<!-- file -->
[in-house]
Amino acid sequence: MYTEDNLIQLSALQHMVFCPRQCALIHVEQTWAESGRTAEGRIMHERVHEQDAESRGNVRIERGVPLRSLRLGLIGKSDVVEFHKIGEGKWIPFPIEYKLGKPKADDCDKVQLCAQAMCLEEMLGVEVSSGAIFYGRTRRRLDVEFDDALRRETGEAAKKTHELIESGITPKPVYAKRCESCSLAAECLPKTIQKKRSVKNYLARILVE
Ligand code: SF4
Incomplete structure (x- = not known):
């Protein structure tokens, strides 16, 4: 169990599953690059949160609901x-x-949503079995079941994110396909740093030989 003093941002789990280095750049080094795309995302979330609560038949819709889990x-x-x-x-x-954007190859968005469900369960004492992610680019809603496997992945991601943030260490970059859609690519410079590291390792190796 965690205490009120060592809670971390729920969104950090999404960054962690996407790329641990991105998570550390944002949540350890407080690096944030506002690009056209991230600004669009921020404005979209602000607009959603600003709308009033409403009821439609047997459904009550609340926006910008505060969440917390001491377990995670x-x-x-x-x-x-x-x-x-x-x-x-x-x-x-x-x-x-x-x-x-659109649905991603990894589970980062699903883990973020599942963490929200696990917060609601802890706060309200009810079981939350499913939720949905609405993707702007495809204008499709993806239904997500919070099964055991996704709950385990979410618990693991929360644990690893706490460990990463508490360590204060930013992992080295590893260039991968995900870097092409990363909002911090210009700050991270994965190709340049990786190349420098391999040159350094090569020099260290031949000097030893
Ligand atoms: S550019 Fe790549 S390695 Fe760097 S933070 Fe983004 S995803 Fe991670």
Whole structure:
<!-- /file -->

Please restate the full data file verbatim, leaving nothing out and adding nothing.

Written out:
[in-house]
Amino acid sequence: MYTEDNLIQLSALQHMVFCPRQCALIHVEQTWAESGRTAEGRIMHERVHEQDAESRGNVRIERGVPLRSLRLGLIGKSDVVEFHKIGEGKWIPFPIEYKLGKPKADDCDKVQLCAQAMCLEEMLGVEVSSGAIFYGRTRRRLDVEFDDALRRETGEAAKKTHELIESGITPKPVYAKRCESCSLAAECLPKTIQKKRSVKNYLARILVE
Ligand code: SF4
Incomplete structure (x- = not known):
């Protein structure tokens, strides 16, 4: 169990599953690059949160609901x-x-949503079995079941994110396909740093030989 003093941002789990280095750049080094795309995302979330609560038949819709889990x-x-x-x-x-954007190859968005469900369960004492992610680019809603496997992945991601943030260490970059859609690519410079590291390792190796 965690205490009120060592809670971390729920969104950090999404960054962690996407790329641990991105998570550390944002949540350890407080690096944030506002690009056209991230600004669009921020404005979209602000607009959603600003709308009033409403009821439609047997459904009550609340926006910008505060969440917390001491377990995670x-x-x-x-x-x-x-x-x-x-x-x-x-x-x-x-x-x-x-x-x-659109649905991603990894589970980062699903883990973020599942963490929200696990917060609601802890706060309200009810079981939350499913939720949905609405993707702007495809204008499709993806239904997500919070099964055991996704709950385990979410618990693991929360644990690893706490460990990463508490360590204060930013992992080295590893260039991968995900870097092409990363909002911090210009700050991270994965190709340049990786190349420098391999040159350094090569020099260290031949000097030893
Ligand atoms: S550019 Fe790549 S390695 Fe760097 S933070 Fe983004 S995803 Fe991670």
Whole structure: